[Blog] Inside the Leo Baeck Education Centre

27 February 2020 – 2 Adar 5780

Suzy Gold
27 February 2020

Recently I was fortunate enough to visit Leo Baeck Education Centre (LBEC) in Haifa.

Having spent time acquainting myself with the website, I felt prepared and knew what to expect. Reading about an unparalleled, forward-thinking establishment in northern Israel sounded little less than a utopian dream. The cynic in me argued that it seemed too good to be true – however it truly proved to be an enlightening visit.

Haifa is a unique melting-pot of cultures and for a long time and has often served as a model of Jewish-Arab co-existence; LBEC uses this as a platform from which to develop a shared existence, the difference being shared lives, shared experiences, not separated by culture, religion or history.

Upon my arrival I was introduced to two students called Ziv and Ika; Ziv is Jewish, Ika is Arab-Israeli and they are the best of friends, which is unusual in itself. The boys spoke candidly and freely about how they might not have met were it not for LBEC. They told me about how LBEC is so much more than a school for them and how it is a pivotal component of their developing identities and awareness.

The teens went on to explain that the pluralist, egalitarian ethos infuses every aspect of LBEC from the school to the sports centre to Ohel Avraham Progressive Synagogue to the basketball team, six outreach centres and out into the wider community. Their pride in being a part of such an institution was abundantly clear.

Both boys were guests representing LBEC at the Limmud Festival last year; students are encouraged to take advantage of trips both within Israel and internationally where they have bestowed upon them the privilege and responsibility of strengthening ties with other Jewish communities and teaching about implementing the spirit of the Jewish State’s founding vision, both educationally and socially. The opportunities made available to these students and others have instilled in them hope, compassion and the belief that they can be a positive force for change.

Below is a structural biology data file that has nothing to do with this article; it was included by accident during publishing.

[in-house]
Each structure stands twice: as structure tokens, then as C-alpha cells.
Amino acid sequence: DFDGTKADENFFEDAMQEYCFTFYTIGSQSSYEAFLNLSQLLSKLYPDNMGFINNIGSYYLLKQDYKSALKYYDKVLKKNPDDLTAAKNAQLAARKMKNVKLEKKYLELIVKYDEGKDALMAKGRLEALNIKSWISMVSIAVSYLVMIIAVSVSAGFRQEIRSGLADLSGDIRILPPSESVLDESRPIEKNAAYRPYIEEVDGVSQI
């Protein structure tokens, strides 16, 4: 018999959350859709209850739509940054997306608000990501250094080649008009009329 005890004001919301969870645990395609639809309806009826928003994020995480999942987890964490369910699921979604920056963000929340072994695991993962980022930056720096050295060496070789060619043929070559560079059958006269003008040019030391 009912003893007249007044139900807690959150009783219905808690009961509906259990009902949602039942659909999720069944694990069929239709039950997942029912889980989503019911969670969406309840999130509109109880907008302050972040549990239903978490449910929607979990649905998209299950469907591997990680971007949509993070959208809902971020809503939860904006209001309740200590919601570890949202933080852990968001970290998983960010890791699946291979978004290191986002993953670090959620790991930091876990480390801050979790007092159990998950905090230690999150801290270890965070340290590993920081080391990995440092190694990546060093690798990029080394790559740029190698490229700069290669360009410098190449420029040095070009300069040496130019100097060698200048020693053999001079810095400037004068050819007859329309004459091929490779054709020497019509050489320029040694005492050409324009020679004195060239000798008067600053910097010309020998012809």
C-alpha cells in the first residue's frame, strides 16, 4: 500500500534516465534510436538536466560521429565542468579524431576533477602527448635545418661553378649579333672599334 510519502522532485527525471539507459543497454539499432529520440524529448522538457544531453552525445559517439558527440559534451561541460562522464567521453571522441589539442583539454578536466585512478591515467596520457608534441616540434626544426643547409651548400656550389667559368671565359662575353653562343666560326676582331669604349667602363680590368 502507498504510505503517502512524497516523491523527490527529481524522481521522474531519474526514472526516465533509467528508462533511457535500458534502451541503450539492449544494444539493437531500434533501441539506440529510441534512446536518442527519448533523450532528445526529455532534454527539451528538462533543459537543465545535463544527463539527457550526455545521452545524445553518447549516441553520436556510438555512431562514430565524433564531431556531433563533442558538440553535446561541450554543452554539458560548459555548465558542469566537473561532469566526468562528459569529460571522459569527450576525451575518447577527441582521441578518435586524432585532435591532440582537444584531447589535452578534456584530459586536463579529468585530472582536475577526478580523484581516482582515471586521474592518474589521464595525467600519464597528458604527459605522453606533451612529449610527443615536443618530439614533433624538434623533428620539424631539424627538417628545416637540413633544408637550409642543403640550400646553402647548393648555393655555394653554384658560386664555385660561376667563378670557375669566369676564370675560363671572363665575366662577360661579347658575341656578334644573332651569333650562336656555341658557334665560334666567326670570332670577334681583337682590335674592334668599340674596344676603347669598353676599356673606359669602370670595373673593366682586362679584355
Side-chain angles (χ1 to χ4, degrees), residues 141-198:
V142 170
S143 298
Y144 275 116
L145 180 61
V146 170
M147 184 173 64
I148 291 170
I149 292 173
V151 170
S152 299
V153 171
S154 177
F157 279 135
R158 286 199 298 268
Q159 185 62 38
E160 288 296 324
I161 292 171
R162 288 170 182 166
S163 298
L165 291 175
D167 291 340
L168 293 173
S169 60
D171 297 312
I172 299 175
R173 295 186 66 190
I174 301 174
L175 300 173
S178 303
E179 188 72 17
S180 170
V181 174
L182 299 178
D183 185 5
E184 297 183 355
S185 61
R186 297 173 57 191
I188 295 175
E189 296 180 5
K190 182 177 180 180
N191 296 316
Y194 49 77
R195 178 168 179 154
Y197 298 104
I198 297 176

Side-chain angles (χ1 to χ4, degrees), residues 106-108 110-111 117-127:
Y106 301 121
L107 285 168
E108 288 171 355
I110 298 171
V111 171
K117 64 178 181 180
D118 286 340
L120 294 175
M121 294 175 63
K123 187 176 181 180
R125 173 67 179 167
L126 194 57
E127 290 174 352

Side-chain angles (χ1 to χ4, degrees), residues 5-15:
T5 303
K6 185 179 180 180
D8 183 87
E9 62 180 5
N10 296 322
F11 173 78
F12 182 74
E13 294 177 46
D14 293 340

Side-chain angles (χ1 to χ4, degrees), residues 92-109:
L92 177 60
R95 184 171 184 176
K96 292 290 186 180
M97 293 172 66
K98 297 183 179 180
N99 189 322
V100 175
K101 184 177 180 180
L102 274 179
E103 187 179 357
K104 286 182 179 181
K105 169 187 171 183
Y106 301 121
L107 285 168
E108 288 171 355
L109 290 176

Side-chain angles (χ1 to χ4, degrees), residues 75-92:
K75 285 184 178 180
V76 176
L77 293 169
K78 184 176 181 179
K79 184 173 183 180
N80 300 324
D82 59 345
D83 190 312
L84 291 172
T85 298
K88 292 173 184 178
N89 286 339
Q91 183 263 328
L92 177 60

I was taken to visit some of the outreach centres established and developed by LBEC which cater for the needs of minorities, the vulnerable and those neglected on the outskirts of society. There I saw for myself how pivotal the implementation of Tikkun Olam, pluralism and egalitarianism are to the institution, not to mention the degree to which the Haifa community benefit from it.

It struck me that LBEC has evolved into a proven, workable method that has intertwined pragmatism, ideology and humanity which benefits people across generations and boundaries, both real and imaginary.

With 98% of graduates completing matriculation, LBEC has high-achieving alumni in areas including national politics, the IDF and industries including the public sector and the arts.

It became impossible to maintain my initial cynicism as I learned how far-reaching and constructive an influence LBEC had on Israel at local, national and international levels.

I left Haifa feeling like I had caught a glimpse of the future of Israel. Leo Baeck Education Centre has established a network of opportunities made available to communities across Haifa; each community, each family, each person who benefits from the Leo Baeck Education Centre is a building block for a shared society in the State of Israel and a stepping-stone closer to a peaceful, shared existence.

[Suzy Gold is the administrator for Friends of Leo Baeck Haifa]

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